I can't imagine life without easy access to books, and libraries have always been part of my life, as a child, as a student, and as a parent. Whenever I go into one, I look around at all the shelves, all those books, and feel a sense of delight and wonder at all of them there waiting for me.
Ideally everyone should have the same opportunity of access to books, to widen their horizons, to learn, to be entertained while learning. But many live in remote areas where it's just not possible. In most western countries we have mobile libraries and the internet to fill the gap, but what of developing countries? The gap has been filled ingeniously.
Today my friend janeway sent me a link to an article in the International Herald Tribune telling about Biblioburros. Every weekend for the last 10 years, a mobile library looking remarkably like two donkeys sets out for remote villages in Colombia. This particular project is run single-handed by a primary school teacher , Luis Sorian, in La Gloria Columbia.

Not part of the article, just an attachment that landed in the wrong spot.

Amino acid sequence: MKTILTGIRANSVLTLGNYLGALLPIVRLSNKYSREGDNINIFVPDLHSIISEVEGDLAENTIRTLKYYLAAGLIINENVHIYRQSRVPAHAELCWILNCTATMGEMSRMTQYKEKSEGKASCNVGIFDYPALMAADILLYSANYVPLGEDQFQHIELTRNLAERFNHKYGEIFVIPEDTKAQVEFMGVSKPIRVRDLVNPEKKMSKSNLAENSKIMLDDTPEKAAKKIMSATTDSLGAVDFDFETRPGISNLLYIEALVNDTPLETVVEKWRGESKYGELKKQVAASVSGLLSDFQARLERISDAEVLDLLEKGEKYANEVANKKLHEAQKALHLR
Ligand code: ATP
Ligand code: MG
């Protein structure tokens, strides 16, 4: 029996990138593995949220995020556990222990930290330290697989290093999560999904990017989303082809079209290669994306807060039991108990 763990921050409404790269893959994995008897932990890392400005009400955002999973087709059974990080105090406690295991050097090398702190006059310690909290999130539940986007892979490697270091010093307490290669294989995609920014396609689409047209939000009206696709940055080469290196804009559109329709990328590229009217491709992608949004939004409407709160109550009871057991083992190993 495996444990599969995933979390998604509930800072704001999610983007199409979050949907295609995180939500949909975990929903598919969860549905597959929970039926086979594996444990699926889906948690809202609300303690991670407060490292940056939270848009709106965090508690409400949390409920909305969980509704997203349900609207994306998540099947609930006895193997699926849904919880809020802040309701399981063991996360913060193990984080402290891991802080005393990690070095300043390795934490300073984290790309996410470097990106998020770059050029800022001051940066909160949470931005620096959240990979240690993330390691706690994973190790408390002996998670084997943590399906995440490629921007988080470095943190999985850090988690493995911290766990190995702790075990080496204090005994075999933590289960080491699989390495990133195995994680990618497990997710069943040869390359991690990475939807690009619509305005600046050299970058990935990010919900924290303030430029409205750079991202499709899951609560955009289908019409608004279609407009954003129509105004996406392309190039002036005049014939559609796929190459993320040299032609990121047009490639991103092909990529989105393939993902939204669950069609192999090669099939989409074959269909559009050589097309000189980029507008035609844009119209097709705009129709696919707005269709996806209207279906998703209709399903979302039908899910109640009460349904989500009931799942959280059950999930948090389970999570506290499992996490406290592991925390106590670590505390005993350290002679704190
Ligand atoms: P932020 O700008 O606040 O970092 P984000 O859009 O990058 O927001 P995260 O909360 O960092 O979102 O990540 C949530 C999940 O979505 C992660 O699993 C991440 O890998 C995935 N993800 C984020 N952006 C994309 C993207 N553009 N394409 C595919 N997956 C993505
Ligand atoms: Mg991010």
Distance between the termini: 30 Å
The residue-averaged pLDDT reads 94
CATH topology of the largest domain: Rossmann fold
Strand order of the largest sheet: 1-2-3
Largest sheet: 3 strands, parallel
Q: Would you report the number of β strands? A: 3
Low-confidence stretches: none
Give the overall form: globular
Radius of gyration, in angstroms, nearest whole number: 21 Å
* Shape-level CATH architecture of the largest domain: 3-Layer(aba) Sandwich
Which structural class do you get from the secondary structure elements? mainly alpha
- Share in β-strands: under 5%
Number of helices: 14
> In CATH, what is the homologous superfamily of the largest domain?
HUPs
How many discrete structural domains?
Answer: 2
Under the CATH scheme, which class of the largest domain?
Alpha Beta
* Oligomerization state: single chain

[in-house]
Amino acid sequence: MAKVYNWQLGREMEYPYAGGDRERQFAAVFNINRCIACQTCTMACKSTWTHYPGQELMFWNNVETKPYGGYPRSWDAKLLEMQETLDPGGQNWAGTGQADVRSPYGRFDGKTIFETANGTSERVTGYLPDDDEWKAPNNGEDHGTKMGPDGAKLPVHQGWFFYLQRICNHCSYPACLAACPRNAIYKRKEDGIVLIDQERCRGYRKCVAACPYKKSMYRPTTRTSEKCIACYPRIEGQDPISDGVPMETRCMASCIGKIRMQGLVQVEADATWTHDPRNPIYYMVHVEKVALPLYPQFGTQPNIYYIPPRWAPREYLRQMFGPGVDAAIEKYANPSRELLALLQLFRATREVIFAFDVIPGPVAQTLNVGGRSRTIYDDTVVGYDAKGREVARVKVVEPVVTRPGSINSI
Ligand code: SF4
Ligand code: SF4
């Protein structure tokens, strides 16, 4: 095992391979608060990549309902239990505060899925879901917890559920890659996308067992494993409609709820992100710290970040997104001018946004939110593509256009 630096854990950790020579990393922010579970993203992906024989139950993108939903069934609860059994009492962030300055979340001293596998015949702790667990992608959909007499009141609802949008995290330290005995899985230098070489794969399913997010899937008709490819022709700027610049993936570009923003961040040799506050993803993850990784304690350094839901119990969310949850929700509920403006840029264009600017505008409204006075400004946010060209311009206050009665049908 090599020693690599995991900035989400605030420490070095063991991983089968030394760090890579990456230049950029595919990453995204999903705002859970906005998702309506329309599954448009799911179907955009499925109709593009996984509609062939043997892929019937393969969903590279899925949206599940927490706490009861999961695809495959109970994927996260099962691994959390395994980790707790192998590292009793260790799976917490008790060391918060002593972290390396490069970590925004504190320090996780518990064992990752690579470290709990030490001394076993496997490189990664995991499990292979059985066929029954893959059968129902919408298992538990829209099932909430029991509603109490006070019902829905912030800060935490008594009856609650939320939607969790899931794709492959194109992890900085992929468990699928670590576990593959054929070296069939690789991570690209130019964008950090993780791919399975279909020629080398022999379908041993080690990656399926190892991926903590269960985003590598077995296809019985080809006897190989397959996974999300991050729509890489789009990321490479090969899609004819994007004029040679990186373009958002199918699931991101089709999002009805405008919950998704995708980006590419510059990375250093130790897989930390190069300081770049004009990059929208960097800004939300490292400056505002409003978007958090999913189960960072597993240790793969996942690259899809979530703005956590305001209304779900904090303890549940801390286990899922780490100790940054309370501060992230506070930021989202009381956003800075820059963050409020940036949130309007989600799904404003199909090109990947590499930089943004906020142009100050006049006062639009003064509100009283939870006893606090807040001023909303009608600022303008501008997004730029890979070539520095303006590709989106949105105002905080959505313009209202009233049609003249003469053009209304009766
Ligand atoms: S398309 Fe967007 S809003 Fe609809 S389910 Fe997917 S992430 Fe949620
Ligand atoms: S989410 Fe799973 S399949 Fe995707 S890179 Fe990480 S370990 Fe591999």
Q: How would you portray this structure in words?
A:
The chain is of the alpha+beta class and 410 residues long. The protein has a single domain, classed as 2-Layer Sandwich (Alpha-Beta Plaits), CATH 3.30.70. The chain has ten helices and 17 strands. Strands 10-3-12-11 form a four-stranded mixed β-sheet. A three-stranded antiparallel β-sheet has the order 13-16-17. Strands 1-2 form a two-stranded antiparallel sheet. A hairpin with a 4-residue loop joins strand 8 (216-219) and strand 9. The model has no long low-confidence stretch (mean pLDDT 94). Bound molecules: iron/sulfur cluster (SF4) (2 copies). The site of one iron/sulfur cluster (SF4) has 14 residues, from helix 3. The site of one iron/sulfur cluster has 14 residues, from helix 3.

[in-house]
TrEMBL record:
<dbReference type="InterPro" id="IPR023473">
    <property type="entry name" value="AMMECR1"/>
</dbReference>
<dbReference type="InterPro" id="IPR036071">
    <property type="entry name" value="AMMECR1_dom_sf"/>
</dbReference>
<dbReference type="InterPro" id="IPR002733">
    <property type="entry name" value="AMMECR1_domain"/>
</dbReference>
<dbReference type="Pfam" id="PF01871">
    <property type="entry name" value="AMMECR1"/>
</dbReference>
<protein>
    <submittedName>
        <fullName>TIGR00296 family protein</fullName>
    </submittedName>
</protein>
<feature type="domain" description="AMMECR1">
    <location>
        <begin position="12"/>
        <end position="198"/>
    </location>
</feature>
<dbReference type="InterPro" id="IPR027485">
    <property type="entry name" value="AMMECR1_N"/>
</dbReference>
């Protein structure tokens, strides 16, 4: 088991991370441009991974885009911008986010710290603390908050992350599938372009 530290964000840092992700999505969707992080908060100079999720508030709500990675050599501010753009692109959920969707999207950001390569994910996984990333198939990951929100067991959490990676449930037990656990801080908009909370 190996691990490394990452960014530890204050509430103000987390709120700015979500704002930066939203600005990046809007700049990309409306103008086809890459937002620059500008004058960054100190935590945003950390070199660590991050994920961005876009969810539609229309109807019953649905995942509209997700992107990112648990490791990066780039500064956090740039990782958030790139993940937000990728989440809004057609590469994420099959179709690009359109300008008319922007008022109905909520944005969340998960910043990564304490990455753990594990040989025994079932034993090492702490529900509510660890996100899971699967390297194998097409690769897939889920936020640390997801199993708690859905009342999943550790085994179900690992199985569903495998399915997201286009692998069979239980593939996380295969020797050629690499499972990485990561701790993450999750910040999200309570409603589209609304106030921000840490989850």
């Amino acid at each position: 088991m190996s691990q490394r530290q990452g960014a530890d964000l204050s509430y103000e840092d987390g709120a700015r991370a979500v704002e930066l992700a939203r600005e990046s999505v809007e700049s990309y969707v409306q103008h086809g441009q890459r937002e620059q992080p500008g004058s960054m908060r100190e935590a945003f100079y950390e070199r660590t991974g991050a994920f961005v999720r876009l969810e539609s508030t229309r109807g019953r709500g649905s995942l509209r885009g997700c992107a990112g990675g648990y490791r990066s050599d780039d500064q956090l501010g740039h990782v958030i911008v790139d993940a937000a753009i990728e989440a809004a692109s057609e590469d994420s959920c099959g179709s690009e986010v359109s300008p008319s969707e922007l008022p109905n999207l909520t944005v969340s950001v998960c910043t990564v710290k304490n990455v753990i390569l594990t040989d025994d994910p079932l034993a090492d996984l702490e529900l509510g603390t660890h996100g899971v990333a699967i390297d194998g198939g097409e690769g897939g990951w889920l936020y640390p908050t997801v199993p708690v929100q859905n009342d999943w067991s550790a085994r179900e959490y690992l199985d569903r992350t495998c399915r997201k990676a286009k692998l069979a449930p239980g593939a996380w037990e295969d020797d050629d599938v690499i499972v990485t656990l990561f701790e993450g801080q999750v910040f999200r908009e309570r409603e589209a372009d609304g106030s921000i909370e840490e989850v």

A very similar project is running in Venezuela, there called Bibliomulas. In this case it is run by a Venezuelan univerisity, the University of Momboy, and it's being extended to carry laptops and projectors. Miles and donkeys are essential when it comes to the steep slopes that need to be climbed in order to bring reading material to the more remote communities.
In Kenya a different approach is needed to bring books to nomadic communities. A static library would be of no use, so instead the library follows them. Ships of the desert are the best way to travel in the Garissa area, 400km from the capital, Nairobi.
Books are important to the people in the area but they can't afford them. There is a very high rate of illiteracy, partly because of the nomadic way of life and partly because of poverty. Any spare money has to be spent on food.
BookAid has had a programme in Kenya since 1965 and providing books for the Kenya Camel Library is just one of the areas they support.